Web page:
Today is March 8, which is the birthday of two old pets (Maggie the black lab and Grunt the pig) and the 13th anniversary of my grandmother’s death. You are also 3 months old today. That’s 3 months of you breathing the same air that we breathe and letting us admire your little fingers and toes. I remember examining your pinkie fingers when you were a newborn and the fingernails on your little fingers were almost unfathomably tiny. I looked today and they look like normal fingernails, which makes me sad because it’s another sign that you are getting too big too fast.
There are so many clichés that apply on an occasion like this, but it comes down to this: it doesn’t matter how hard we try to savor these moments with you, you are growing and changing so quickly that we hardly discover one version of you before that version is outdated and we’re discovering a new you.
I had thought before you were born that one of your nicknames would be “Ty-Ty,” but that hasn’t stuck. Instead, we call you Titus, Little Man, Dude, Sweet Boy (you are such a cuddler), T-Man, T-Funk, T-Bug and, perhaps our favorite, Tito (Spanish for Titus). I’m so surprised that Tito has stuck, but we discovered how fun it was to call you while we were in Hawaii last month, and there are so many great things that rhyme with Tito: Tito-Cheetoh, Tito-Dorito, Tito Torpedo and Tito Bandito. Your Grandma Kitty keeps trying to add “Tito Nieto” (“My Grandson Tito”), but I don’t think it rhymes as well as the others.
You have been the easiest, sweetest baby I could have imagined. Ever since you were born, you’ve hardly cried unless you were hungry or just on the verge of falling asleep. And speaking of sleep, you take after me in loving your sleep! This was a bit of a problem when you were a newborn and I had to wake you up because you needed to eat, and it would take me half an hour just to get you awake, and you’d hardly eat. But now? Oh, you are a dream baby (no pun intended): you sleep for 7 or 8 hours almost every night, and sometimes you sleep for as many as 9 hours. Until you have kids of your own, you may never know how amazing this is at 3 months, but suffice it to say that there are a lot of sleepless mamas with 6 or 9 month-old kids who envy me.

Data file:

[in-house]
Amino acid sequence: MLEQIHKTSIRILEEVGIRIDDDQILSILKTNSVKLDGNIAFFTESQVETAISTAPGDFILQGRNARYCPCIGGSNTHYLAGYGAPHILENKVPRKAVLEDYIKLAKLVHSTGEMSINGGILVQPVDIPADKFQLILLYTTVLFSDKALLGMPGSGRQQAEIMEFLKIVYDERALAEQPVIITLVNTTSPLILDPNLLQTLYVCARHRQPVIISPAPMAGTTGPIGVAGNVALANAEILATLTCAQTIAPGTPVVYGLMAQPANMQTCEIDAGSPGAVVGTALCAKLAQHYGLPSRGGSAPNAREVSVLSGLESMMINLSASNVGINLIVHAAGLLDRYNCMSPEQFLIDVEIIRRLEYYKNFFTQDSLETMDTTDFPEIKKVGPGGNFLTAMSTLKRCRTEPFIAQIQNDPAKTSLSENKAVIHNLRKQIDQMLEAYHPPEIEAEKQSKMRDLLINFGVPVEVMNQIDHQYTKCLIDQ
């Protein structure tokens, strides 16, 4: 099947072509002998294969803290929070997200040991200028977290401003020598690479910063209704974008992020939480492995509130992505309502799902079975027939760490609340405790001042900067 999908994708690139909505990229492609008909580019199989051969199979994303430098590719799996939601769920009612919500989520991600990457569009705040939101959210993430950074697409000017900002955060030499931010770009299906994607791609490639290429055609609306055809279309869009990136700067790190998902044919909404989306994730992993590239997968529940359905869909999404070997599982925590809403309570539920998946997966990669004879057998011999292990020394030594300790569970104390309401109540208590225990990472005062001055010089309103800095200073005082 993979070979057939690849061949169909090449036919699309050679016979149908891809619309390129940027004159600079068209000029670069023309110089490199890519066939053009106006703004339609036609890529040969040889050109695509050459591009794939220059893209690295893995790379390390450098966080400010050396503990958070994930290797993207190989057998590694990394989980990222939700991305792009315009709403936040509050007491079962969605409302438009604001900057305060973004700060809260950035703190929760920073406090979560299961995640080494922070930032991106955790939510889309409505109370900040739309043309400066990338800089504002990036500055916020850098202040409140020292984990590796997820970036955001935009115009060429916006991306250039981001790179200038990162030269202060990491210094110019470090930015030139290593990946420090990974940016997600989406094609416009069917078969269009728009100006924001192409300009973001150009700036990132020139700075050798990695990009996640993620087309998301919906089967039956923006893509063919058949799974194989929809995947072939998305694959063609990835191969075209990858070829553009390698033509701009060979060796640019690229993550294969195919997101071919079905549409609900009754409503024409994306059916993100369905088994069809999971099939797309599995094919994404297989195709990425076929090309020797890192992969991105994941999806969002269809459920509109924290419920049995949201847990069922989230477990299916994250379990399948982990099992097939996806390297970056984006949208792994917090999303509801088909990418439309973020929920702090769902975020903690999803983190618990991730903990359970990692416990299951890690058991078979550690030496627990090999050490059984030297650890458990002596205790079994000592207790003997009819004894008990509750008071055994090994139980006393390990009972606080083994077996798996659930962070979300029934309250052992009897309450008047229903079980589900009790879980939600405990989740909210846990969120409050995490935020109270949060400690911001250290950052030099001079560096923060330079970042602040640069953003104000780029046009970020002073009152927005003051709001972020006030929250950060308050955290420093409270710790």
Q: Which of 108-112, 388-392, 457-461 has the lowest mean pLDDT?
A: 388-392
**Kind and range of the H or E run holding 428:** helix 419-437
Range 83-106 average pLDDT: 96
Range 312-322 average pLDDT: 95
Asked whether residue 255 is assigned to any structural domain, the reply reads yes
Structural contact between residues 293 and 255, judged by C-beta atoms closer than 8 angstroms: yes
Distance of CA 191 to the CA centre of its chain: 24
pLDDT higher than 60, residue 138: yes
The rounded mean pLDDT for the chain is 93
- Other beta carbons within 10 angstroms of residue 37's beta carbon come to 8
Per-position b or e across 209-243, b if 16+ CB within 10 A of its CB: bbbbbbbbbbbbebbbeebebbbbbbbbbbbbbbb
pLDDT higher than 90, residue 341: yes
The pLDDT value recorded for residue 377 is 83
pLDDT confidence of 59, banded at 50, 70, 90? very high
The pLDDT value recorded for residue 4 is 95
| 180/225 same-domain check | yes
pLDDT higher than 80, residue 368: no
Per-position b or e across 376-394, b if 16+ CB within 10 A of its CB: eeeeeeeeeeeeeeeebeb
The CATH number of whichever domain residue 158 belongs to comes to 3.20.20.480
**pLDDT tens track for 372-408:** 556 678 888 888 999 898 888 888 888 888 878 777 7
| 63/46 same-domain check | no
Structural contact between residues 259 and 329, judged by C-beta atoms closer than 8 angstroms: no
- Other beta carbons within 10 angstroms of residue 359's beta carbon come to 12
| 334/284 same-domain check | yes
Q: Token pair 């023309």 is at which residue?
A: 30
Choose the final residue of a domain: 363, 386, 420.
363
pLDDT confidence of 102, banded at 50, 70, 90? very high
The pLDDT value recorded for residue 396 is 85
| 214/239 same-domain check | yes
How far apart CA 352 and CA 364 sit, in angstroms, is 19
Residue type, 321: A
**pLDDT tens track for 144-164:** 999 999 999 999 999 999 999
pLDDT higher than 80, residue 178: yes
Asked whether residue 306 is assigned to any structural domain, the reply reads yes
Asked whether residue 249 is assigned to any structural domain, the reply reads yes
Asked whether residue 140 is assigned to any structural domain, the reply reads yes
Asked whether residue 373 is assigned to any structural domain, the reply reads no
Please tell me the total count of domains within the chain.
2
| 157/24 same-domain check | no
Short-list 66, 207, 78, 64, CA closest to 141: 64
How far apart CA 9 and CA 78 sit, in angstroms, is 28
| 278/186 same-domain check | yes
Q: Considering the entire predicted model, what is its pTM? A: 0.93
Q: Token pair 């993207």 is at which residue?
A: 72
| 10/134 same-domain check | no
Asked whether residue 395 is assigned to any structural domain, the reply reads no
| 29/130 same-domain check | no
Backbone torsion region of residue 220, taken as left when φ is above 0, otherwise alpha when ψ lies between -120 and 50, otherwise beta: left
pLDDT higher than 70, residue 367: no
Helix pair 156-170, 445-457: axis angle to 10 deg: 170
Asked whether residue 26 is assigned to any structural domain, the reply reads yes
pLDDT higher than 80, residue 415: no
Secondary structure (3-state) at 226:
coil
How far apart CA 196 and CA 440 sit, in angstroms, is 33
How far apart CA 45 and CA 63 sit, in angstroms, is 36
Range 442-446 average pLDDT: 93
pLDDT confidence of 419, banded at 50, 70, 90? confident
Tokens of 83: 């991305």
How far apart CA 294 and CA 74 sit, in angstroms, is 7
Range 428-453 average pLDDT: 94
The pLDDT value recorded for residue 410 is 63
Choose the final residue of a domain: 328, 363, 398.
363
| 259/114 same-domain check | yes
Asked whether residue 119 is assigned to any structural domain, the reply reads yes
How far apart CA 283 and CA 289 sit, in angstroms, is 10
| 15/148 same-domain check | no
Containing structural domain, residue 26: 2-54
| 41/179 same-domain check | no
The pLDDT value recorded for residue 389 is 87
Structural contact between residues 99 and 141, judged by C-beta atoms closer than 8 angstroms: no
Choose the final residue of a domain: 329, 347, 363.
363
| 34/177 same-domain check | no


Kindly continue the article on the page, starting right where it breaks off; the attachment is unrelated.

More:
Just before we were in Hawaii in February, you started to do quite a bit of talking, and it was so fun to drive around Hawaii and listen to you talk to your car seat toys. You said lots of concerned “oooh” sounds, and you love to make high-pitched squeaks and squeals. You seem to really like talking to your Grammy Annette; there’s something about the pitch of her voice that resonates with you and makes you carry on quite a conversation with her. Your talking has only gotten cuter since Hawaii. Just this past Sunday morning, you woke up and ate around 7:00 and then sat in your swing and talked to yourself for the next two hours. I wish we could bottle your cheerful sounds and sell them on rainy days.
You’ve also been deliberately smiling for over a month now, and your smiles make my heart sing. Your Uncle Pax commented, though, that you looked like a very serious baby because you were never smiling in pictures. Well, just last week I finally got some pictures of you smiling (even if you were smiling before, you’d freeze up and stare blankly at the camera), and every time I look at them, they melt my heart. Obviously I can’t see into the future, but you are such a happy baby now; I delight in your happiness and pray that your life will exude joy that will bring delight to many others as well.